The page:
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Fish consumption prior to pregnancy and pregnancy outcomes in the National Birth Defects Prevention Study, 1997–2011

  • Renata H Benjamin (a1), Laura E Mitchell (a1), Mark A Canfield (a2), Adrienne T Hoyt (a2), Dejian Lai (a3), Tunu A Ramadhani (a2), Suzan L Carmichael (a4), Amy P Case (a2), D Kim Waller (a1) and the National Birth Defects Prevention Study (a1) (a2) (a3) (a4)...

Abstract

Objective

To evaluate the relationships between maternal fish consumption and pregnancy outcomes in a large, population-based sample of women in the USA.

Design

We collected average fish consumption prior to pregnancy using a modified version of the semi-quantitative Willett FFQ. We estimated adjusted OR (aOR) and 95 % CI for associations between different levels of fish consumption and preterm birth (<37 weeks), early preterm birth (<32 and <35 weeks) and small-for-gestational-age infants (SGA; <10th percentile).

Setting

The National Birth Defects Prevention Study (NBDPS).

Subjects

Control mother–infant pairs with estimated delivery dates between 1997 and 2011 (n 10 919).

Results

No significant associations were observed between fish consumption and preterm birth or early preterm birth (aOR = 0·7–1·0 and 0·7–0·9, respectively). The odds of having an SGA infant were elevated (aOR = 2·1; 95 % CI 1·2, 3·4) among women with daily fish consumption compared with women consuming fish less than once per month. No associations were observed between other levels of fish consumption and SGA (aOR = 0·8–1·0).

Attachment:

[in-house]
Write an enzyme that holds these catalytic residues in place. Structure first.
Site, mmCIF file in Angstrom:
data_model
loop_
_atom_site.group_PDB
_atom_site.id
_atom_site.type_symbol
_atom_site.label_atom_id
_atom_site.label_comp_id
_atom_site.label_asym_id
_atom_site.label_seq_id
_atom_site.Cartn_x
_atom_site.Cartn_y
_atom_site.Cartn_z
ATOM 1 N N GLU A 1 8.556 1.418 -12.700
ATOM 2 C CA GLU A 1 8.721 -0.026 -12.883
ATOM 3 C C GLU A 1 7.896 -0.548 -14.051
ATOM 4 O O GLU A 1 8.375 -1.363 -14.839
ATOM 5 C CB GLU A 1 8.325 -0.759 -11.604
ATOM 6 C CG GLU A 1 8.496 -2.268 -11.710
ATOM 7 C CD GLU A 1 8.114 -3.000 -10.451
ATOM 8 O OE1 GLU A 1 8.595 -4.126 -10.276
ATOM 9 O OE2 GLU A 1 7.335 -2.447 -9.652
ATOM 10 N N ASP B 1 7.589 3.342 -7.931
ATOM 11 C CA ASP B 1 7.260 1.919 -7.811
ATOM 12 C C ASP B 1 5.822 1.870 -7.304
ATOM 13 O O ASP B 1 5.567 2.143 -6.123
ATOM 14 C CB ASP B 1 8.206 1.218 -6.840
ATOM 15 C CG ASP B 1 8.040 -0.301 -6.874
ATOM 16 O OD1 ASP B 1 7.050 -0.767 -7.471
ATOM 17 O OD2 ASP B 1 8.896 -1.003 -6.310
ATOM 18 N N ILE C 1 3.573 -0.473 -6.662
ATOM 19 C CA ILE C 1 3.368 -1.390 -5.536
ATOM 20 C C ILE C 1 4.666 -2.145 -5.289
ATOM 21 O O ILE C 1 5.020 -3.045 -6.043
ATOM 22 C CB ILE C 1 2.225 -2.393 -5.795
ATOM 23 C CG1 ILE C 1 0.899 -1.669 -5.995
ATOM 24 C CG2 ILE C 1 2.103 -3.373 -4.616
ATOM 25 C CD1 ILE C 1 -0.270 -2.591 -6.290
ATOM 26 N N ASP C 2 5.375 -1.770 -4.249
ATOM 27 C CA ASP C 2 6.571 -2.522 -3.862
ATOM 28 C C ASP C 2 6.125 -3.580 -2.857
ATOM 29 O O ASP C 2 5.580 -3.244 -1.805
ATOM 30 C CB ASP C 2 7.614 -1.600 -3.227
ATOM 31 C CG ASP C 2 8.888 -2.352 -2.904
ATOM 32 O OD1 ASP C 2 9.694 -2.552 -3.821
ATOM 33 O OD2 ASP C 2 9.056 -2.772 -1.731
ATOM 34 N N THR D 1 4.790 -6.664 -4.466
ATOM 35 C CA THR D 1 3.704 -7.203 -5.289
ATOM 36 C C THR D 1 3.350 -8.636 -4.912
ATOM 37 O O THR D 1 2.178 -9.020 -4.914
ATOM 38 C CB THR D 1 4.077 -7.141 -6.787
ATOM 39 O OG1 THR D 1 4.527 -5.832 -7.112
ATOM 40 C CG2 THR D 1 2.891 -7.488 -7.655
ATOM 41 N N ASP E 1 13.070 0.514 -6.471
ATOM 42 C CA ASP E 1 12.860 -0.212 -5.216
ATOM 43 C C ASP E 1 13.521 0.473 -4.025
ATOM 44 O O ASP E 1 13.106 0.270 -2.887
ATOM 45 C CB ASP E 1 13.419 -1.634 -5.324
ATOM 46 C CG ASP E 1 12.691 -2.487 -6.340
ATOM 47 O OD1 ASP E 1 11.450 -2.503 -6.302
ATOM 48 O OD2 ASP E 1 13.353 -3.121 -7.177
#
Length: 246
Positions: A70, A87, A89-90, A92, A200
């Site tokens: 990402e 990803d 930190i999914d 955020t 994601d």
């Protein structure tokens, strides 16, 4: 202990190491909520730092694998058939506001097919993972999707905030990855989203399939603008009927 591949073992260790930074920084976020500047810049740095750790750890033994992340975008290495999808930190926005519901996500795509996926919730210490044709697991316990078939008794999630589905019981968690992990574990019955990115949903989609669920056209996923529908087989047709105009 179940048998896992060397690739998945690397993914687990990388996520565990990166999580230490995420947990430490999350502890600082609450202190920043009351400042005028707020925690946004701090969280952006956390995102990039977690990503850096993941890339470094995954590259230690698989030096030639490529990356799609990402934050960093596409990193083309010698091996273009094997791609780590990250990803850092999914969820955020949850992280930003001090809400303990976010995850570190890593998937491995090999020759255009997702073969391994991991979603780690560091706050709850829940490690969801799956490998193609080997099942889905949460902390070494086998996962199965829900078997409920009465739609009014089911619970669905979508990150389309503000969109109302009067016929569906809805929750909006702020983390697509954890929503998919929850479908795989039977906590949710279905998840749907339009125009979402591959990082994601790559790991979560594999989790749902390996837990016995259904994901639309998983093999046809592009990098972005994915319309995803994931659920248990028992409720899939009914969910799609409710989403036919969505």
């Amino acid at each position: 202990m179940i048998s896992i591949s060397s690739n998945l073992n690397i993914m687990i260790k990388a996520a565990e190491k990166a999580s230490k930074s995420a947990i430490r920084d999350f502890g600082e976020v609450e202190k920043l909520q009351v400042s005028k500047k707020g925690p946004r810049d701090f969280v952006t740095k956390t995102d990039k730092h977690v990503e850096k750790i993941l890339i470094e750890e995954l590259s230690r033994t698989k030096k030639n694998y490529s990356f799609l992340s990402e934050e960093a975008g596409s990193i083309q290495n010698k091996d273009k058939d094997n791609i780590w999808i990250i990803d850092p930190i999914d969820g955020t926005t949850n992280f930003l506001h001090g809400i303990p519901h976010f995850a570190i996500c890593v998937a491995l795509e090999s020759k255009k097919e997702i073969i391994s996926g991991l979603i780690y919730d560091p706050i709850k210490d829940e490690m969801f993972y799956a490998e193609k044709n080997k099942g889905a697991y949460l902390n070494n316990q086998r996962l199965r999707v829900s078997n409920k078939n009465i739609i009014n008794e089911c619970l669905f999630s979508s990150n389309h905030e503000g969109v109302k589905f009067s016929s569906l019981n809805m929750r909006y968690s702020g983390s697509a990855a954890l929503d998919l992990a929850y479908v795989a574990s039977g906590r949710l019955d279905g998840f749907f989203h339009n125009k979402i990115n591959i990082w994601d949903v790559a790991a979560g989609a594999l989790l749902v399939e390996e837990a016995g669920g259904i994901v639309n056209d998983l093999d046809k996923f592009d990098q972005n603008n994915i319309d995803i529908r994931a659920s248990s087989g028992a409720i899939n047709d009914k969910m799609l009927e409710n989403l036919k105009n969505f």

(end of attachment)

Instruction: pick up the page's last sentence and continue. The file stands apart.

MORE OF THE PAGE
Conclusions

High intake of fish was associated with twofold higher odds of having an SGA infant, while moderate fish consumption prior to pregnancy was not associated with preterm or SGA. Our study, like many other studies in this area, lacked information regarding preparation methods and the specific types of fish consumed. Future studies should incorporate information on nutrient and contaminant contents, preparation methods and biomarkers to assess these relationships.

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Copyright

Corresponding author

*Corresponding author: Email renata.h.benjamin@uth.tmc.edu

References

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Fish consumption prior to pregnancy and pregnancy outcomes in the National Birth Defects Prevention Study, 1997–2011

  • Renata H Benjamin (a1), Laura E Mitchell (a1), Mark A Canfield (a2), Adrienne T Hoyt (a2), Dejian Lai (a3), Tunu A Ramadhani (a2), Suzan L Carmichael (a4), Amy P Case (a2), D Kim Waller (a1) and the National Birth Defects Prevention Study (a1) (a2) (a3) (a4)...

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